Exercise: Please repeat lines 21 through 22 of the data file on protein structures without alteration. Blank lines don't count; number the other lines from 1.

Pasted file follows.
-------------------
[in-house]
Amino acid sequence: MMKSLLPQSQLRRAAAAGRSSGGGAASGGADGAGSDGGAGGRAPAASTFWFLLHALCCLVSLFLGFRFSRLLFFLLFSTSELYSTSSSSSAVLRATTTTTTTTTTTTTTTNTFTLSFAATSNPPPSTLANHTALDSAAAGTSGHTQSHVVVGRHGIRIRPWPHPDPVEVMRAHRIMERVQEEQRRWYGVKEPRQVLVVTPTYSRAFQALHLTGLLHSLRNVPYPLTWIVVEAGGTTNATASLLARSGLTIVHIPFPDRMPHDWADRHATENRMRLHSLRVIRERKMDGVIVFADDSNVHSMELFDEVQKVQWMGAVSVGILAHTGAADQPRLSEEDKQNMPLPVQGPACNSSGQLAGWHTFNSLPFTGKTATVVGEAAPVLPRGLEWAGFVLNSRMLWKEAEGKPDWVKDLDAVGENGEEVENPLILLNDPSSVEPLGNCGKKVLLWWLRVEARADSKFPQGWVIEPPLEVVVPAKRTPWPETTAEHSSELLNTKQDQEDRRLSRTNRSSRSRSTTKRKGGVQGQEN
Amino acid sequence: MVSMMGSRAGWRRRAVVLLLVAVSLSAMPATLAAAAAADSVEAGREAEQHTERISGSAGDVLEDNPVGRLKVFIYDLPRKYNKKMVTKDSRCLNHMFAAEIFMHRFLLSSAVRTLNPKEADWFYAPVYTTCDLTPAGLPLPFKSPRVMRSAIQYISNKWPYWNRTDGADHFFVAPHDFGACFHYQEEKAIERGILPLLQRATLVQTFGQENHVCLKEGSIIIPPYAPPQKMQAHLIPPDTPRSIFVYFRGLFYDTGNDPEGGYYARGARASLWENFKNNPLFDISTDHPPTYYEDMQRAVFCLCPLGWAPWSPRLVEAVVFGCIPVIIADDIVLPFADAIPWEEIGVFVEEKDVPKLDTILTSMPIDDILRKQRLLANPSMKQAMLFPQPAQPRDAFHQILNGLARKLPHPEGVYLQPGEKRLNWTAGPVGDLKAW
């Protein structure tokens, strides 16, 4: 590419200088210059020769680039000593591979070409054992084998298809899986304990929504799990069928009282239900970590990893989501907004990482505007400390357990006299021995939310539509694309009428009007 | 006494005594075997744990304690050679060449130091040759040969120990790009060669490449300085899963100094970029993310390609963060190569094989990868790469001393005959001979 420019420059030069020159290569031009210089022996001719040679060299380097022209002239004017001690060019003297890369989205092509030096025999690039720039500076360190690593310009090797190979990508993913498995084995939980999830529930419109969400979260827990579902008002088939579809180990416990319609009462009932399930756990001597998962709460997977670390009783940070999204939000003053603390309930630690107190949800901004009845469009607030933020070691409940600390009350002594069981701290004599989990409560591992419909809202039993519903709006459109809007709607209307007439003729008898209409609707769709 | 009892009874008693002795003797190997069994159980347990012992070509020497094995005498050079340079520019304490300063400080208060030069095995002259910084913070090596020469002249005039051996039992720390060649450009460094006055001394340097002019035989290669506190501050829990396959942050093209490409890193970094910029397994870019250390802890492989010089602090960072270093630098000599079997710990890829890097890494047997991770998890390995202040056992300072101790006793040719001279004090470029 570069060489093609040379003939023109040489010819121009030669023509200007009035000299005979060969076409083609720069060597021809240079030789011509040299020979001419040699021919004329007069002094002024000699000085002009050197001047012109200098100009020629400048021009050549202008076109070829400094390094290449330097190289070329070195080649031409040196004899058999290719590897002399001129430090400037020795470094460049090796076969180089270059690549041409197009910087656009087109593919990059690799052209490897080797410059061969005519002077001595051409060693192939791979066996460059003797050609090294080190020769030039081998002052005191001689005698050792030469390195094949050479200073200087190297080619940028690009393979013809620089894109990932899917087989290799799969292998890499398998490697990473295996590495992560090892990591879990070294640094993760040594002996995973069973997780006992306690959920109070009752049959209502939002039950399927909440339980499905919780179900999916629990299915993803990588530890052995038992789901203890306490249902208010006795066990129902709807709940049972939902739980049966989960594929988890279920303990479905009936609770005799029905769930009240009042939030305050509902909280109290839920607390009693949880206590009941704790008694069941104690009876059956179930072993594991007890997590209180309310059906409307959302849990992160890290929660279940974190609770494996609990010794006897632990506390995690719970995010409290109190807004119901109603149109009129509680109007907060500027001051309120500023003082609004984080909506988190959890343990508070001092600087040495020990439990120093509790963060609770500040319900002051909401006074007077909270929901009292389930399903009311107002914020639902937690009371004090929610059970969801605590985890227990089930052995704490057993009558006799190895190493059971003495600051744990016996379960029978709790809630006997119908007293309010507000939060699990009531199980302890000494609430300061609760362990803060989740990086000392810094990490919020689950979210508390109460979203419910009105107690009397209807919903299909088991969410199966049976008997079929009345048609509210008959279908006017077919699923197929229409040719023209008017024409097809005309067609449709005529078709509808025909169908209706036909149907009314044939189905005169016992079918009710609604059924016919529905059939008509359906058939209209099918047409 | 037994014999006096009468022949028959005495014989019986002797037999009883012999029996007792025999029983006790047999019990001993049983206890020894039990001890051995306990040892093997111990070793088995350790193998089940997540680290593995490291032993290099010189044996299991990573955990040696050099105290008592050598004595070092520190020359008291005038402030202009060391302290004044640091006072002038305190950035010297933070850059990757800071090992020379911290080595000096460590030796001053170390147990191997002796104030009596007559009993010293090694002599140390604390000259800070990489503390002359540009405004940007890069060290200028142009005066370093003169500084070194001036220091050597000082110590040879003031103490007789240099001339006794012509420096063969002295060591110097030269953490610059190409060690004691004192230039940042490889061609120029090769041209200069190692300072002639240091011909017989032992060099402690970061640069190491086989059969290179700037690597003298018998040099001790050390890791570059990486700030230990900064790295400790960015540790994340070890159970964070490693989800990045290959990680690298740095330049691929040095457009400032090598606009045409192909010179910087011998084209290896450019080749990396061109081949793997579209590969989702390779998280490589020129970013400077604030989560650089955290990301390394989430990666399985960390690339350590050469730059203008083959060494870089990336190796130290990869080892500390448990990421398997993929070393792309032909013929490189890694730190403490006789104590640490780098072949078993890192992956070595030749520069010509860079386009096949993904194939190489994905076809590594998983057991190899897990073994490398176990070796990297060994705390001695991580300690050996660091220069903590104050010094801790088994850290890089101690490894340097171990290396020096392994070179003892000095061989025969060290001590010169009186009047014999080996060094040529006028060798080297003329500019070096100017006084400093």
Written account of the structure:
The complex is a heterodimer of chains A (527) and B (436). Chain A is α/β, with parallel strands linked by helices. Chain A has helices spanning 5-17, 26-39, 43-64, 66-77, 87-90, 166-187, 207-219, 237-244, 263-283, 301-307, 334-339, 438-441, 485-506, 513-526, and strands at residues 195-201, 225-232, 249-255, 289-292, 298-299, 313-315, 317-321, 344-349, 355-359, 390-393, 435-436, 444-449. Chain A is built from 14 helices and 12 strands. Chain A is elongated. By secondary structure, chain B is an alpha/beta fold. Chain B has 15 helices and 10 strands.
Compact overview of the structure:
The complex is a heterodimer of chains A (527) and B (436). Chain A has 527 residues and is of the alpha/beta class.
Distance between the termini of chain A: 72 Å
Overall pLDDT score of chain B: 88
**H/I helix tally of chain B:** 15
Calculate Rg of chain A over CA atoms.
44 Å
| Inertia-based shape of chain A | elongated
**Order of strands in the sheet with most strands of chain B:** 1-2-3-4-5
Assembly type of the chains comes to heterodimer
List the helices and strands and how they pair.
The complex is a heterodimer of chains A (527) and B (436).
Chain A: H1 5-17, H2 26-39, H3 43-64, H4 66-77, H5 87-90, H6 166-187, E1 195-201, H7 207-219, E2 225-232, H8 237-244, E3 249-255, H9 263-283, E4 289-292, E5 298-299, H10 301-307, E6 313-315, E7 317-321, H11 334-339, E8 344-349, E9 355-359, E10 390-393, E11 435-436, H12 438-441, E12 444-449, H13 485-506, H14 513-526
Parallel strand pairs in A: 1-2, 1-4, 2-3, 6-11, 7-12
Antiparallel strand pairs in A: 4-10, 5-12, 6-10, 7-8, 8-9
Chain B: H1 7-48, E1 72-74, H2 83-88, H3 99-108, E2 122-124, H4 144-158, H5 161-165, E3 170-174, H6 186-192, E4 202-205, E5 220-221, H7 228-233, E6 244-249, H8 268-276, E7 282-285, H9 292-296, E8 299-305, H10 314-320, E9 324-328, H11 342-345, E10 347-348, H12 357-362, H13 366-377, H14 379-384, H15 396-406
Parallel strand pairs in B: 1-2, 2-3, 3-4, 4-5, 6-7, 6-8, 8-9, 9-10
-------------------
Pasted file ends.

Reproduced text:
Antiparallel strand pairs in A: 4-10, 5-12, 6-10, 7-8, 8-9
Chain B: H1 7-48, E1 72-74, H2 83-88, H3 99-108, E2 122-124, H4 144-158, H5 161-165, E3 170-174, H6 186-192, E4 202-205, E5 220-221, H7 228-233, E6 244-249, H8 268-276, E7 282-285, H9 292-296, E8 299-305, H10 314-320, E9 324-328, H11 342-345, E10 347-348, H12 357-362, H13 366-377, H14 379-384, H15 396-406